We hope these selections serve to educate, celebrate, and encourage dialogue on the diverse nations, cultures, and experiences of Native peoples throughout North America. Celebrate Native American Heritage Month—and continue reading all year long—with nonfiction and fiction, from remembered histories to imagined futures, by Native authors.

#NotYourPrincess edited by Mary Beth Leatherdale

An eclectic collection of poems, essays, interviews, and art that combine to express the experience of being a Native woman. Stories of abuse, humiliation, and stereotyping are countered by the voices of passionate women making themselves heard and demanding change.

This anthology of stories is gathered from Indigenous women representing nations in the U.S. and Canada.

Available formats: Book, Ebook (OverDrive by Media on Demand)





Dreaming in Indian edited by Mary Beth Leatherdale and Lisa Charleyboy

A powerful and visually stunning anthology from some of the most groundbreaking Native artists working in North America today. They address the effects of residential schools, calling out bullies through personal manifestos, and citing hopes for the future in their work.

All forty-six contributors represent nations in the U.S. and Canada.

Available formats: Book, Ebook (Hoopla)





What the Eagle Sees: Indigenous Stories of Rebellion and Renewal by Eldon Yellowhorn

Stories of what Indigenous people did when invaders arrived on their homelands. What the Eagle Sees shares accounts of the people, places, and events that have mattered in Indigenous history from an an Indigenous viewpoint.

Eldon Yellowhorn is a member of the Piikani Nation.

Available formats: Book, Ebook (Hoopla)





An Indigenous Peoples’ History of the United States for Young People adapted by Debbie Reese and Jean Mendoza

Going beyond the story of America as a country “discovered” by a few brave men in the “New World,” Indigenous human rights advocate Roxanne Dunbar-Ortiz reveals the roles that settler colonialism and policies of American Indian genocide played in forming our national identity.

Debbie Reese is tribally enrolled at Namb Owingeh, and grew up on Nambe’s reservation.

Available formats: Book, Ebook (OverDrive by Media on Demand)





Undefeated by Steve Sheinkin

Superstar athlete Jim Thorpe and football legend Pop Warner forged one of the winningest teams in American football history. Called “the team that invented football,” they took on the best opponents of their day with genius plays and bone-crushing hard work. Undefeated takes a look at the persecution of Native Americans and its intersection with the beginning of one of the most beloved pastimes in America.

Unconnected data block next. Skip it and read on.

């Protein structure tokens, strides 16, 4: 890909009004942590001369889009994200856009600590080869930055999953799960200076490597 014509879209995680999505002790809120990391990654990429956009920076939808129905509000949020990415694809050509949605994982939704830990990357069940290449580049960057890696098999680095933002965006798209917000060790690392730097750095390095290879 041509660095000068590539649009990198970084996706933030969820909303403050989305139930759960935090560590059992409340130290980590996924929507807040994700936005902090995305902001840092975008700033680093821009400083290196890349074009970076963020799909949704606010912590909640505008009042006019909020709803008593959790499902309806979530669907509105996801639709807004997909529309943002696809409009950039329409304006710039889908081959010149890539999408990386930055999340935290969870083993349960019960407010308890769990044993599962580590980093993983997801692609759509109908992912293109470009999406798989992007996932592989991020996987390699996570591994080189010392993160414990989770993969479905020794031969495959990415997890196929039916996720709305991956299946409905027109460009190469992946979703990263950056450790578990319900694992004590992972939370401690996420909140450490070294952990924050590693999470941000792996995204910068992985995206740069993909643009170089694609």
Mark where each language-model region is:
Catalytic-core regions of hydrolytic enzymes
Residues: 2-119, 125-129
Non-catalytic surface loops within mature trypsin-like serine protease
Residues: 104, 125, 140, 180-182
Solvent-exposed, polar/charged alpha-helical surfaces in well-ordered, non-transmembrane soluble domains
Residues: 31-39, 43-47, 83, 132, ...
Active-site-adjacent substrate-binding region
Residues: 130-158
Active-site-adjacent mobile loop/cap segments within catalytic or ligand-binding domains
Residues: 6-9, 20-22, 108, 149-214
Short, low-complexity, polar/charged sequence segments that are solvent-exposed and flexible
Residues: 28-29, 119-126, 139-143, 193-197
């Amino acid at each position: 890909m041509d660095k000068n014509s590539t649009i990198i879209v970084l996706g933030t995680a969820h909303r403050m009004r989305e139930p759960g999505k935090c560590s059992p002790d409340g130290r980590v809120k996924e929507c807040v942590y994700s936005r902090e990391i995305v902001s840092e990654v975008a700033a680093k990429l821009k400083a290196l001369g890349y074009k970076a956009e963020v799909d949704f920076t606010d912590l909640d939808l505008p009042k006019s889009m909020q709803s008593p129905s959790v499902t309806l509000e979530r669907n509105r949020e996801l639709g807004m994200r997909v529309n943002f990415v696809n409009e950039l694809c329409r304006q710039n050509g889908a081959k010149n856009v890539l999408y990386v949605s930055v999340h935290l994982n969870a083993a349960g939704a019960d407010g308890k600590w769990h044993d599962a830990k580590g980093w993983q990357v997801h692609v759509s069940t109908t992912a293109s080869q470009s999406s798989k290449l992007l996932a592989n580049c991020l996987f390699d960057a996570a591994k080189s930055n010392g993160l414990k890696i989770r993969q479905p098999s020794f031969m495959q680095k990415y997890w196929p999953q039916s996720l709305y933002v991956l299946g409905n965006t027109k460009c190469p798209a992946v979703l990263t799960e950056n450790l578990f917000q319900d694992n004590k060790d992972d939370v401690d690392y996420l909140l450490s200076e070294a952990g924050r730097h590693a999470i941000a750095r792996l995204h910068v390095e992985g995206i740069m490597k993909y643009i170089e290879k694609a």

Available formats: Book, Ebook (OverDrive by Media on Demand)





Cherokee Editor by Barbara Francine Luebke 

Part biography and part history, Cherokee Editor draws extensively on the pages of the Cherokee Phoenix to tell its story of one such man who guided the development of the first Indian newspaper and edited it during its early years.

Available formats: Book






Sioux Code Talkers of World War II by Andera M. Page

Many have heard of the role of the Navajo Code Talkers, but less well-known are the Sioux Code Talkers, who used the Lakota, Dakota, and Nakota dialects. This informative title explores not only the importance of the indigenous peoples to the war but also their culture and values. Follow the seven Sioux who put aside a long history of prejudice against their people and joined the fight against Japan.

Author Andrea M. Page is a member of the Standing Rock Sioux Tribe.

Available formats: Book




Code Talker: A Novel About the Navajo Marines of World War Two by Joseph Bruchac 

After being taught in a boarding school run by whites that Navajo is a useless language, Ned Begay and other Navajo men are recruited by the Marines to become Code Talkers, sending messages during World War II in their native tongue.

Author Joseph Bruchac is a Nulhegan Abenaki citizen.

Available formats: Book, Ebook (OverDrive by Media on Demand), Audiobook (Hoopla)





This Place: 150 Years Retold

Explore the past 150 years through the eyes of Indigenous creators in this graphic novel anthology. These stories are an emotional and enlightening journey through Indigenous wonderworks, psychic battles, and time travel. See how Indigenous peoples have survived a post-apocalyptic world since Contact.

This graphic novel anthology has ten stories written by eleven Indigenous contributors.

Available formats: Book, Ebook (Hoopla)





Redbone by Christian Staebler and Sonia Paoloni